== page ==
Do you think his crimes reflect anything particular about our society? “Rudy was able to sell $25 million worth of counterfeit wine in a society in which there is too much money. People who have surplus money look for places to park it. And they can buy a condo, they can buy an estate, they can buy an extraordinary watch or sports car. But in the end, when there is a lot of money floating around, the people who have it want to put it into something that shows that they are culturally refined. An excellent way to do that is to buy purportedly very old French wine. And you know your friends are going to say ‘What is this wine called? La Tâche from 1945? Wow, Joe you must really know what you are doing to buy this wine and pay so much for it and appreciate it.”
Did the recent wine auction craze help Kurniawan sell his wine? “From about 2002 until mid-2008 auction prices of wine basically doubled. In Rudy’s case, he was synergistic with Acker Merrall & Condit. When Rudy started to buy and sell wine through Acker Merrall, it was a distant fourth place among wine auctioneers in the world in terms of sales volume. Within two years, Acker jumped from fourth place to first place. That was because of Rudy. There was a world-record, two-day auction of Rudy’s wines in October 2006, which put Acker in first place.”
What is the actual amount of counterfeit wine that Rudy sold, or created? “Nobody can really say how much Rudy wine was out there and how much was sold, precisely. After he was convicted the judge looked to the victims to tell him how much wine they had purchased from Rudy and that number turned out to be about $25 million worth of wine.
The reason nobody really knows is because there are collectors out there who know they have Rudy wine in their cellars and are pretty sure it is fake, but they don’t want to reveal that. They don’t want to tell anybody because they are ashamed they got hoodwinked. That’s the first reason. But the second reason, which is more nefarious, is that many have decided they are going to try and resell the wine without telling everybody that it came from Kurniawan. You can do that most easily in Hong Kong right now where the market is less suspicious than it is here. Many collectors did not reveal to the government how much wine they have from Rudy.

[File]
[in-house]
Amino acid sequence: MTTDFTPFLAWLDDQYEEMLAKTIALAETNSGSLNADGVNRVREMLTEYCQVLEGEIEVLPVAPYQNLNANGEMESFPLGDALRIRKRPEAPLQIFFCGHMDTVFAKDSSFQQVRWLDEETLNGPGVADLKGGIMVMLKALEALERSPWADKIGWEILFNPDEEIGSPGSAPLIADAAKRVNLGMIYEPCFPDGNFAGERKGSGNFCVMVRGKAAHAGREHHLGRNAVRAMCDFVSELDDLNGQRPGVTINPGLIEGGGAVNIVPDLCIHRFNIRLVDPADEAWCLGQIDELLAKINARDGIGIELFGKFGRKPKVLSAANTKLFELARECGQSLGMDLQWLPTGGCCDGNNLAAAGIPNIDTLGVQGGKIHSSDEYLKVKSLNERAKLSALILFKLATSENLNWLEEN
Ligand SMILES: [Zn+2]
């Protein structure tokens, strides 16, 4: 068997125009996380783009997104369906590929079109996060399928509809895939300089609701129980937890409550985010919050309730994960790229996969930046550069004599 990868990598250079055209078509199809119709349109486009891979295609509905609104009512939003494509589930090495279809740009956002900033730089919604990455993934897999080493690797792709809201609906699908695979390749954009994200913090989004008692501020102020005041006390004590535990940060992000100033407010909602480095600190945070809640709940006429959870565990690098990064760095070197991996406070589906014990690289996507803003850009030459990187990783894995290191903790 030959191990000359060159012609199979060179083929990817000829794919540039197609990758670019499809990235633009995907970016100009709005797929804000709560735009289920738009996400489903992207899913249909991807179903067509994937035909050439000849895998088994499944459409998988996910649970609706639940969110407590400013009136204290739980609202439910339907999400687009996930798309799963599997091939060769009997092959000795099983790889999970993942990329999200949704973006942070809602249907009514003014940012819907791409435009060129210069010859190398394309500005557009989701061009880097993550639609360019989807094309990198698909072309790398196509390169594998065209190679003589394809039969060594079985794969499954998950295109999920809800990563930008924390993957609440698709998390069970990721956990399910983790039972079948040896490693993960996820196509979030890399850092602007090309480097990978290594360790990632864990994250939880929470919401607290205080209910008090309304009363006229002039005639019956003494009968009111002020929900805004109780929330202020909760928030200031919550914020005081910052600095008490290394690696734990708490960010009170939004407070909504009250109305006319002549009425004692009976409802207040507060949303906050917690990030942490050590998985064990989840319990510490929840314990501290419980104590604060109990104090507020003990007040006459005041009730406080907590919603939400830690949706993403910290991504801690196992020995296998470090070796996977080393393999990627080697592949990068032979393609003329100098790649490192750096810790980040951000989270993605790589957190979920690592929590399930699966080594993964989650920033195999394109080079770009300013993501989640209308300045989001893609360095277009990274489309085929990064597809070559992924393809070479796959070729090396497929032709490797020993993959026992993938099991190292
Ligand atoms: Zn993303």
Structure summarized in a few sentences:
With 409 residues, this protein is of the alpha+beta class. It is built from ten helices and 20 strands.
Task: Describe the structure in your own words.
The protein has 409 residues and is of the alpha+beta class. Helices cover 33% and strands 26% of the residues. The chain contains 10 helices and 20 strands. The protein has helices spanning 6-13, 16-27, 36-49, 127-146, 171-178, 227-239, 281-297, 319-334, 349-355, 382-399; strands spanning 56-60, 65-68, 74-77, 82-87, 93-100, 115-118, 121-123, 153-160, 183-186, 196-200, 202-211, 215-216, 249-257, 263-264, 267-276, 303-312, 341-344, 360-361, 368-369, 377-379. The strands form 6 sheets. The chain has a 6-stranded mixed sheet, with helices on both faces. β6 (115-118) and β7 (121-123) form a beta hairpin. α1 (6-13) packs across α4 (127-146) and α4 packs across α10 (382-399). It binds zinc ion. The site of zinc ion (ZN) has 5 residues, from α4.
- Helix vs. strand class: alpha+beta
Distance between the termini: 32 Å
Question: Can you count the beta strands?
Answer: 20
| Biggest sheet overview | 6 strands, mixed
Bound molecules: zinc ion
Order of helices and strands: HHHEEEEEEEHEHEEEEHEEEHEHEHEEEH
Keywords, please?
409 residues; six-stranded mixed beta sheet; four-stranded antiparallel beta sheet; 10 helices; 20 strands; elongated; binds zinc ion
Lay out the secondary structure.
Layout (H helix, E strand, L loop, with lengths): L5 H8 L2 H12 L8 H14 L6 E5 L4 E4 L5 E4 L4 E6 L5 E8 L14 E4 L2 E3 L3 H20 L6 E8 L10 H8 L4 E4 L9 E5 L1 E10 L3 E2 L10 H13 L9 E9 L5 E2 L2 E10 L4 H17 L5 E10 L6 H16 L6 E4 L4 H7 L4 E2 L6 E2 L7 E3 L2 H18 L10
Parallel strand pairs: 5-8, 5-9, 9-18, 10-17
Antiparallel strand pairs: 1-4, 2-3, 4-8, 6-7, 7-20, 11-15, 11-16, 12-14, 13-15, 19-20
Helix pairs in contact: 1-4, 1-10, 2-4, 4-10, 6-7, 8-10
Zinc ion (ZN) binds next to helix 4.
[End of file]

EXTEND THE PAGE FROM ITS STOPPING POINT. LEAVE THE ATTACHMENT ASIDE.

Nobody wants to admit they have been cheated. If not for Bill Koch, Rudy would not be in prison. He hired a whole range of investigators, including a former CIA station chief in Jakarta, a MI5 agent from England, and various retired FBI agents in the U.S. And everything they learned he passed on to the Justice Department. Koch understood he could spend millions of dollars on investigations but he couldn’t arrest Rudy Kurniawan and he couldn’t put him in jail, but he could pass on the information to the FBI and try to get the FBI to really be interested in prosecuting a wine counterfeiter for the first time. He did do that and that’s why there was a dossier at the U.S. Attorney’s office in New York.”
Should average consumers be concerned about wine fraud? “If the bottles are very old, pre-1990, they should be concerned. The fakes are still out there. In the last 10 years, the top properties around the world have taken steps to make their bottles extremely difficult to counterfeit. The most expensive wines now have labels that are often made to the same standard as U.S. bank notes. They have various patterns in them, which are almost impossible to duplicate. Château d’Yqem, for example, the most famous Sauterne, puts a very small, etched serial number or symbol on the bottle where you cannot see it. That’s very difficult to do; these are very finely incised markings on the bottle itself.”
Were you able to talk to Rudy? “At the Acker auction, where the 22 lots of Domaine Ponsot [that Kurniawan had put up for sale but which were removed when the winery owner said they were fake] were withdrawn, I went over to Rudy and said: ‘Hey Rudy, what happened to those 22 lots of Domaine Ponsot?’ He said, ‘Well, you know we try our best, it’s Burgundy and shit happens.’
That’s the only thing he ever said, really, about what he did. He did not ever talk to the press.
When you read studies of con artists, what you learn is the very top-end con men never take your money. You thrust it into their hands. That is true of Kurniawan. People begged him to sell great old mythical wines. He didn’t always do it at first. You had to really campaign to get him to sell you wine, often. You did thrust the money in his hand. He wasn’t asking you to buy the wine so much as you were begging him to be able to buy it. That’s a con man for you.
He had a gift for understanding wine, for remembering wine, for making distinctions among wines and it is too bad he turned that gift into a con, into a crime.”